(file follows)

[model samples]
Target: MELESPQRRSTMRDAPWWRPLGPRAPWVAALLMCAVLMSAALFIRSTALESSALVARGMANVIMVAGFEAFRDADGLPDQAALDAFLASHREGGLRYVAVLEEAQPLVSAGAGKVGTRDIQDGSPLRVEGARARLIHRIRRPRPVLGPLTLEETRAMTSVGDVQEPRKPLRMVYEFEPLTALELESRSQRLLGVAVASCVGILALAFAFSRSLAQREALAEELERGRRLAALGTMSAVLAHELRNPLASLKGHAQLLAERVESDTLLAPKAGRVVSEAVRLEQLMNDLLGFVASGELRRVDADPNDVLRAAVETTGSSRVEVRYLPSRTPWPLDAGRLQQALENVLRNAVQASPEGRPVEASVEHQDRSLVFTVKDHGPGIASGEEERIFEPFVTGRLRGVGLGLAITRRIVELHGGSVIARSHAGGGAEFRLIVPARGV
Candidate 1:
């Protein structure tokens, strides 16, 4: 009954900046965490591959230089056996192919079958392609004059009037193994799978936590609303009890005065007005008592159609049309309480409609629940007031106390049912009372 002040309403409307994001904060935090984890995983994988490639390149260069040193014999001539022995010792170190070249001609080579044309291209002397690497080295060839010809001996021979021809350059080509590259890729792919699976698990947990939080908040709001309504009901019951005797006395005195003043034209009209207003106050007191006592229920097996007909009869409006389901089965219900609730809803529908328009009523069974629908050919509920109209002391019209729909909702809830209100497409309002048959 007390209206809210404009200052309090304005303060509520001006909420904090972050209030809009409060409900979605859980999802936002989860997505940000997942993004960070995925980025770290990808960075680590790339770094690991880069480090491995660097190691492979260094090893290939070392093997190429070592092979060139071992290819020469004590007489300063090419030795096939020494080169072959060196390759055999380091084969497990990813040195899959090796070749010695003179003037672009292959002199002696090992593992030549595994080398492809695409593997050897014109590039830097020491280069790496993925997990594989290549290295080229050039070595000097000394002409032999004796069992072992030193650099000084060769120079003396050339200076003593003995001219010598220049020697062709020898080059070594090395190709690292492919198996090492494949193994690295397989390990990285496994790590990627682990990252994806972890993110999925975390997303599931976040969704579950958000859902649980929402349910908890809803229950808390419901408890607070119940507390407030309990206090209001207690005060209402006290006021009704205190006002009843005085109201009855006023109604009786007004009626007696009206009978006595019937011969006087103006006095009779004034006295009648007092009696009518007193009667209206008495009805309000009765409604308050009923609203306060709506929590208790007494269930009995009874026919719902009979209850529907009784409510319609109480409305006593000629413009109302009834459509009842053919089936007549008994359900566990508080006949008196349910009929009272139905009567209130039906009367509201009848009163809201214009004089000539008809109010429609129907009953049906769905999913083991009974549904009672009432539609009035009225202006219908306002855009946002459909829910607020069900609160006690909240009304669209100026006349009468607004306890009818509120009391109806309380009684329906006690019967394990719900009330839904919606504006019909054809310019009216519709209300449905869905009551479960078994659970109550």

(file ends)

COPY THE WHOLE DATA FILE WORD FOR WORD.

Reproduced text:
[model samples]
Target: MELESPQRRSTMRDAPWWRPLGPRAPWVAALLMCAVLMSAALFIRSTALESSALVARGMANVIMVAGFEAFRDADGLPDQAALDAFLASHREGGLRYVAVLEEAQPLVSAGAGKVGTRDIQDGSPLRVEGARARLIHRIRRPRPVLGPLTLEETRAMTSVGDVQEPRKPLRMVYEFEPLTALELESRSQRLLGVAVASCVGILALAFAFSRSLAQREALAEELERGRRLAALGTMSAVLAHELRNPLASLKGHAQLLAERVESDTLLAPKAGRVVSEAVRLEQLMNDLLGFVASGELRRVDADPNDVLRAAVETTGSSRVEVRYLPSRTPWPLDAGRLQQALENVLRNAVQASPEGRPVEASVEHQDRSLVFTVKDHGPGIASGEEERIFEPFVTGRLRGVGLGLAITRRIVELHGGSVIARSHAGGGAEFRLIVPARGV
Candidate 1:
């Protein structure tokens, strides 16, 4: 009954900046965490591959230089056996192919079958392609004059009037193994799978936590609303009890005065007005008592159609049309309480409609629940007031106390049912009372 002040309403409307994001904060935090984890995983994988490639390149260069040193014999001539022995010792170190070249001609080579044309291209002397690497080295060839010809001996021979021809350059080509590259890729792919699976698990947990939080908040709001309504009901019951005797006395005195003043034209009209207003106050007191006592229920097996007909009869409006389901089965219900609730809803529908328009009523069974629908050919509920109209002391019209729909909702809830209100497409309002048959 007390209206809210404009200052309090304005303060509520001006909420904090972050209030809009409060409900979605859980999802936002989860997505940000997942993004960070995925980025770290990808960075680590790339770094690991880069480090491995660097190691492979260094090893290939070392093997190429070592092979060139071992290819020469004590007489300063090419030795096939020494080169072959060196390759055999380091084969497990990813040195899959090796070749010695003179003037672009292959002199002696090992593992030549595994080398492809695409593997050897014109590039830097020491280069790496993925997990594989290549290295080229050039070595000097000394002409032999004796069992072992030193650099000084060769120079003396050339200076003593003995001219010598220049020697062709020898080059070594090395190709690292492919198996090492494949193994690295397989390990990285496994790590990627682990990252994806972890993110999925975390997303599931976040969704579950958000859902649980929402349910908890809803229950808390419901408890607070119940507390407030309990206090209001207690005060209402006290006021009704205190006002009843005085109201009855006023109604009786007004009626007696009206009978006595019937011969006087103006006095009779004034006295009648007092009696009518007193009667209206008495009805309000009765409604308050009923609203306060709506929590208790007494269930009995009874026919719902009979209850529907009784409510319609109480409305006593000629413009109302009834459509009842053919089936007549008994359900566990508080006949008196349910009929009272139905009567209130039906009367509201009848009163809201214009004089000539008809109010429609129907009953049906769905999913083991009974549904009672009432539609009035009225202006219908306002855009946002459909829910607020069900609160006690909240009304669209100026006349009468607004306890009818509120009391109806309380009684329906006690019967394990719900009330839904919606504006019909054809310019009216519709209300449905869905009551479960078994659970109550």